“What are you telling me? This is an ABBA turd?”

Why Stamp was hesitant to take on the role of fifty-something transsexual Bernadette Basinger in Stephan Elliot’s The Adventures of Priscilla, Queen of the Desert (1994), when he could deliver choice, juicy nuggets of dialogue like the above, is a mystery. It was a bold, atypical choice that I’m glad he said yes to. There were many other lines that sounded drily exquisite either rolled, or spat, out of Stamp’s mouth. Many were repeatable, some relatable, all were quotable – whether you’re an adventurous queen on a silver-stiletto-topped bus leaving a billowing molten fabric trail in its wake or not. Stamp was Priscilla’s conductress extraordinaire.

Transvision Stamp: three lady lizards on tour are thee

When I first watched Priscilla (I’ve thrice returned to it – all largely Stamp-induced viewings) the initial thing that struck me about his performance was how ladylike, how refined, he was. I mean this in the right way. A familiar, iconic actor known more often than not for playing dashing, virile swaggerers, Stamp had all the poise and decorum of an experienced woman having already lived two lifetimes only halfway through just the one. Throughout the film’s duration the congenial allure of the character never waned or faltered. It was incisive acting; he gave a very clever performance. And funny. It was in how Bernadette tilted her head, how she sat down, the choice of both age-correct and -incorrect clothing - and the way she wore them on stage and off; and it was chiefly in the staunch determination perceptible in her droll, weary voice when she was on verge of jacking it all in. Thank god for Bob and Alice Springs. But the unladylike moments of combative scuffle, with single-minded dunderheads down under, tickled just as much: “Now listen here you mullet. Why don’t you just light your tampon and blow your box apart, because it’s the only bang you’re ever gonna get sweetheart!” Charming. Ten-nil to Bernadette.

Three more key films for the taking:  The Collector (1965), Alien Nation (1988), The Limey (1999)


Ruth said...

When I saw the title of this post I thought 'How could he not mention Priscilla?' And there it was :) Stamp was absolutely brilliant.

pomme said...

@ruth:totally agreed!

Arkaan said...

I've just put Tereoma on hold from the library. Sounds libidinous and fascinating.

Anonymous said...

This man's eyes in Teorema are enough to make even the straightest guy bi-curious.

Oh, yeah: the movie's not too shabby either. ;-D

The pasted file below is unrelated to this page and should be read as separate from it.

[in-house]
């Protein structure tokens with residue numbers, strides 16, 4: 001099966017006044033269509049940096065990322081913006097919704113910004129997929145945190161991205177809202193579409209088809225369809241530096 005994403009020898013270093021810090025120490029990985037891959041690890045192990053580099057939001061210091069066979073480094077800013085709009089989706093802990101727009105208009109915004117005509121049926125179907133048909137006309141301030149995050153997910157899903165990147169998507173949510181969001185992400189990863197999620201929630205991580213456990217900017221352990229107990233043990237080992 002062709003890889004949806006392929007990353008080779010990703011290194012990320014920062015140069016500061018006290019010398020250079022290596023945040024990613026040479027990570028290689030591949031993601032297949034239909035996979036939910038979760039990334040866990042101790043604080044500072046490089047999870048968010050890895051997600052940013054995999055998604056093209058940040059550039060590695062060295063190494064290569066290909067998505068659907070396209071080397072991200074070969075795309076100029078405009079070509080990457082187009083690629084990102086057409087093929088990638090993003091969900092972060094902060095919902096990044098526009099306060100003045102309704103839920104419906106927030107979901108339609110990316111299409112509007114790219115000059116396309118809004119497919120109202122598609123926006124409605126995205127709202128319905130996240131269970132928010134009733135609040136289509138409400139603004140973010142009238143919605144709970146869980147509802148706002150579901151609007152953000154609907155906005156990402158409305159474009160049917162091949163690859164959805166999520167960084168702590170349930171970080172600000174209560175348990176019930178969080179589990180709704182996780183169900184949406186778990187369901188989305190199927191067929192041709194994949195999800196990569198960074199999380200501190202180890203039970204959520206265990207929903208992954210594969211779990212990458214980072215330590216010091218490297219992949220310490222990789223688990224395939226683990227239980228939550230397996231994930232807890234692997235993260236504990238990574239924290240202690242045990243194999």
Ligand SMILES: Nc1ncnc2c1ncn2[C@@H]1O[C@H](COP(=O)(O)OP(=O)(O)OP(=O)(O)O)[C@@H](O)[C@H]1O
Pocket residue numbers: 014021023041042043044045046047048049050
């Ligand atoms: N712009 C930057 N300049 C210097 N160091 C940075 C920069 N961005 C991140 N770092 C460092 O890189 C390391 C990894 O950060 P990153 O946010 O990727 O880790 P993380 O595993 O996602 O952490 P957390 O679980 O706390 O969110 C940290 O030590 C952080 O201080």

Glenn Dunks said...

Oh man, Prescilla. My favourite line from that movie is one of Stamp's: "Now listen here you mullet. Why don't you go light your tampon and blow your box apart, 'cause it's the only bang you're ever gonna get Sweetheart!"

Mirko said...

Stamp is exceptional also in THE COLLECTOR, the movie adaptation of John Fowles seminal novel. a perf for which he earned a Best Actor prize in Cannes but was overlooked by the Academy, even if the movie received several nominations

Ruth said...

"That's just what this country needs - a cock, in a frock, on a rock"

Volvagia said...

Teorema sounds BAD. Really bad. "I bleep you so much and so well your personality changes." I may see it, but consider my expectations considerably lowered.

adri said...

An extremely interesting actor. I liked him in Fellini's "Toby Dammit", John Schlesinger's "Far From the Madding Crowd", Peter Brook's "Meetings with Remarkable Men", "ma femme est une actrice" with Charlotte Gainsbourg, and Soderbergh's "The Limey".

I bought the re-issue by Criterion of Stephen Frears' "The Hit" this year, with Stamp, John Hurt, and Tim Roth (Tim Roth is just a kid!) This 1984 film influenced later British crime movies.

"The Hit" DVD extras have an interesting interview with Stamp. They ask him about his dropping out of acting for a while. He says he didn't drop out so much as cease to be popular. He and supermodel Jean Shrimpton were a couple and they perfectly embodied a certain swinging London fashionable look. He said every eye was always on them.

Then fashion changed, and he was no longer considered good looking. Stamp tried to get jobs and he went to Italy, and did other things, but he was always wanting to work. He just tried to be philosophical about the periods when he couldn't get work, and be grateful that for a working class boy (like Michael Caine, his friend and contemporary) he had received so much.

Unknown said...

I first saw him in Billy Budd, 1962, and it haunts me still.